Manitoba communities speaking out about not wanting retail pot sales
Eighteen Manitoba municipalities have said they don’t want marijuana retailers to set up shop when cannabis is legalized this July.
The town of Lac du Bonnet indicated it won’t allow retail stores to open, however the RM has indicated it’s undecided.
The RM of Headingley Mayor John Mauseth said the community’s stance “is not a hard no” and that they are waiting for more information before making a concrete decision.
So far out of 137 municipalities, 97 are in favour of retail stores setting up to sell pot, 18 have indicated no and 22 are undecided.
The Association of Manitoba Municipalities wants 33 per cent of the tax revenue to cover start up costs.
The province says a decision hasn’t been made in terms of how tax revenue will be split with municipalities.
“As we’ve said from the start it’s important to be realistic in any expectation of new tax revenue from the cannabis market,” a statement from Municipal Relations Minister Jeff Wharton read.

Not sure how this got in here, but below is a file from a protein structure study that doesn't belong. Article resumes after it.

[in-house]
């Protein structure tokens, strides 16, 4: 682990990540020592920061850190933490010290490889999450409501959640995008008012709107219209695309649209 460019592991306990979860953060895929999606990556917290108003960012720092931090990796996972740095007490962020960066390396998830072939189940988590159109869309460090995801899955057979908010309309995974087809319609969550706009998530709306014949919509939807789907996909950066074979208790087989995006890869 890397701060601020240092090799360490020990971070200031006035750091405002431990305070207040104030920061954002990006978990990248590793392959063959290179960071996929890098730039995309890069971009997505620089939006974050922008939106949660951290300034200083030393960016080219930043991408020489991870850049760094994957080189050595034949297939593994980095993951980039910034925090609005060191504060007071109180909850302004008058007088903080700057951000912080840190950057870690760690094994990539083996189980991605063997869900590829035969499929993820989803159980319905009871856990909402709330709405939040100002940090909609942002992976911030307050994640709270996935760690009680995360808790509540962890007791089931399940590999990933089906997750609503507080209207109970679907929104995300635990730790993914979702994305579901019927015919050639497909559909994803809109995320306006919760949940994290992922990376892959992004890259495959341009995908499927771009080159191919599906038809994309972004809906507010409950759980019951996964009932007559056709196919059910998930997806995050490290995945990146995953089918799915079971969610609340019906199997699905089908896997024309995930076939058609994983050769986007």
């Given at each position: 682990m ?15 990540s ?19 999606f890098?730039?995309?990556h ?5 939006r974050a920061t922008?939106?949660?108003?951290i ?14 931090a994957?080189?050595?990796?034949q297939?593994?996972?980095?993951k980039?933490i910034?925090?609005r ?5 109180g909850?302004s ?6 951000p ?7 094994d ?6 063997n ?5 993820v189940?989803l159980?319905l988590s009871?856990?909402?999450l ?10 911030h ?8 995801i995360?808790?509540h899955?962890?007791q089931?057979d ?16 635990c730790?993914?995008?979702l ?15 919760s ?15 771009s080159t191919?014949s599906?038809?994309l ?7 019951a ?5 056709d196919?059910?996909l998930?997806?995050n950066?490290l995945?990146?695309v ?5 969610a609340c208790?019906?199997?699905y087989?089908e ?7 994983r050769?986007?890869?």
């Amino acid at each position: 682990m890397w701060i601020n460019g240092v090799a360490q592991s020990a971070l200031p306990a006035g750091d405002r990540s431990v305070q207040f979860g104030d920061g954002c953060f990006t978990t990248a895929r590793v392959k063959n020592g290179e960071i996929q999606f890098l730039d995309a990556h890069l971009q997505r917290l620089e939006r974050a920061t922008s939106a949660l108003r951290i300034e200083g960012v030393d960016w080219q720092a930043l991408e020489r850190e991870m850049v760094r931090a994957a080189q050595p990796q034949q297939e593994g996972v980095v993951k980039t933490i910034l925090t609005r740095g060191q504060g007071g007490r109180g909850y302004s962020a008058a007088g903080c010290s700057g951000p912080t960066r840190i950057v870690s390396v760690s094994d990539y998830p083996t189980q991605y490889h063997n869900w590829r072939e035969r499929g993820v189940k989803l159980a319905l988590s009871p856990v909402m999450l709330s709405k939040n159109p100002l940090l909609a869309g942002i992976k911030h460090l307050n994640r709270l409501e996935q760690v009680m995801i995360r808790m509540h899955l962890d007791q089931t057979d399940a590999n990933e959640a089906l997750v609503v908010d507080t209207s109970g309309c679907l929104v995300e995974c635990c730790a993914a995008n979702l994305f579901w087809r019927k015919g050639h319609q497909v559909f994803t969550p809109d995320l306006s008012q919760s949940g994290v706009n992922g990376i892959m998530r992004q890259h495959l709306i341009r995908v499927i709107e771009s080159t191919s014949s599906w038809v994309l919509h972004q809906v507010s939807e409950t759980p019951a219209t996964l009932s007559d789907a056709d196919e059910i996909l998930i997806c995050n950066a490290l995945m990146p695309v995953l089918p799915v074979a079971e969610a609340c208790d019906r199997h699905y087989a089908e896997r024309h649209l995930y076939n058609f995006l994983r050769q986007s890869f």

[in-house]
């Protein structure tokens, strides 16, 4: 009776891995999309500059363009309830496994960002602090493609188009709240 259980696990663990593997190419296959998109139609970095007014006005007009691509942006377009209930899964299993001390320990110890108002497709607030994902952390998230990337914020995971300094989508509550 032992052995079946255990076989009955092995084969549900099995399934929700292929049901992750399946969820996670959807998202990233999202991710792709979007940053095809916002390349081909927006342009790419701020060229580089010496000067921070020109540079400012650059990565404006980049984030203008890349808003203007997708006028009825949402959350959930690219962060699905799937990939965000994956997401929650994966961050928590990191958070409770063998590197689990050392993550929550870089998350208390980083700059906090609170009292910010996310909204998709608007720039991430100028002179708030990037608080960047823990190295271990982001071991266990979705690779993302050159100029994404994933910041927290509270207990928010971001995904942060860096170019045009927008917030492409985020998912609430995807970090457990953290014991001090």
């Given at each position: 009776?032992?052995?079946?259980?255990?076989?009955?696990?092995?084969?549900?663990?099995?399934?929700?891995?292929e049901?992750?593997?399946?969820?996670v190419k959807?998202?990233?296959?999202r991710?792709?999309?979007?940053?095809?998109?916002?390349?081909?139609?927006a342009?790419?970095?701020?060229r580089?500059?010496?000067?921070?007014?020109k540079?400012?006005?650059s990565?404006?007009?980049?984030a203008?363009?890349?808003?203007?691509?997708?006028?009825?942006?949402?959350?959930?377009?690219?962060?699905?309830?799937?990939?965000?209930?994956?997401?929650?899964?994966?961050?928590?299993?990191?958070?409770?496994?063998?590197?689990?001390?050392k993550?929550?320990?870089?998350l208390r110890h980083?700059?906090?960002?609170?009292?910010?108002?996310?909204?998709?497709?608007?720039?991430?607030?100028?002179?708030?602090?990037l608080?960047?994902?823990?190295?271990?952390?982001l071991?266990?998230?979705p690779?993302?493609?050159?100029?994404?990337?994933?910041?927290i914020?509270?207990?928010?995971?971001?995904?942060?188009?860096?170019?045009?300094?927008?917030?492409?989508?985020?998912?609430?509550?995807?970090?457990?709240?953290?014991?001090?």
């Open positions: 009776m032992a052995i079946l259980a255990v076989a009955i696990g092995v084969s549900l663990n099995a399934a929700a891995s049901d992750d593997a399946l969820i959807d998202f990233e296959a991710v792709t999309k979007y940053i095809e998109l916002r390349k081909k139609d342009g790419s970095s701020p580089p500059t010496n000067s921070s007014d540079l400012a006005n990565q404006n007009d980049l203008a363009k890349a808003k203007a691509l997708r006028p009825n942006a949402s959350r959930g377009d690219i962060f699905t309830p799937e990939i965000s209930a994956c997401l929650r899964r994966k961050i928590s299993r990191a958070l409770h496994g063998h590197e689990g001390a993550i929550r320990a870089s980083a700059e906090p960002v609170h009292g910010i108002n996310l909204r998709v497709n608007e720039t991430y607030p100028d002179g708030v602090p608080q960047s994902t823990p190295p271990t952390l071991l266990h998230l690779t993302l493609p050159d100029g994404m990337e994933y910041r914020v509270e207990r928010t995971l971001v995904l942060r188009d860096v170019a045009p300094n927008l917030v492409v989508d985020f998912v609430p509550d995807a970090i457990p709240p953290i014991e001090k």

“The reality is the provinces and territories will bear the majority of costs associated with the health, social and policing implications of legalized cannabis, including establishing the regulatory and distribution system.”
Rural communities saying no to pot sales for now
In Lac du Bonnet, the mayor says he wouldn’t want to see pot sales in town.
“We’re certainly fully in favour of business development but we want that business development to be something that will enrich the community, not harm it,” mayor Gordon Peters said.
Many people agreed with the mayor’s stance to keep marijuana stores out of the town.
“It’s just not a good thing. I wouldn’t want to see it here,” Luanna Stelko said. “The kids have enough trouble they can get into without having marijuana legalized. I’m totally against it.”
Ed Dubray, the Mayor Beausejour, said the “no” vote was because before Christmas they didn’t have a lot of information.
“We hadn’t really got a copy of the legislation yet, we were promised some zoning templates in terms of how we could let these retail outlets run,” he said.
He said they’re open-minded.
“There is an opportunity here but likewise it has its concerns,” he said.
Eileen Martin lives in the community. She said she would like to see marijuana stores open.
“I would like to see it being sold in my community. I think it would eliminate all the underground stuff. If it’s going to be legal, why can’t we get it?” she asked. “It’s legal, so might as well bring it in. I’m all for it.”
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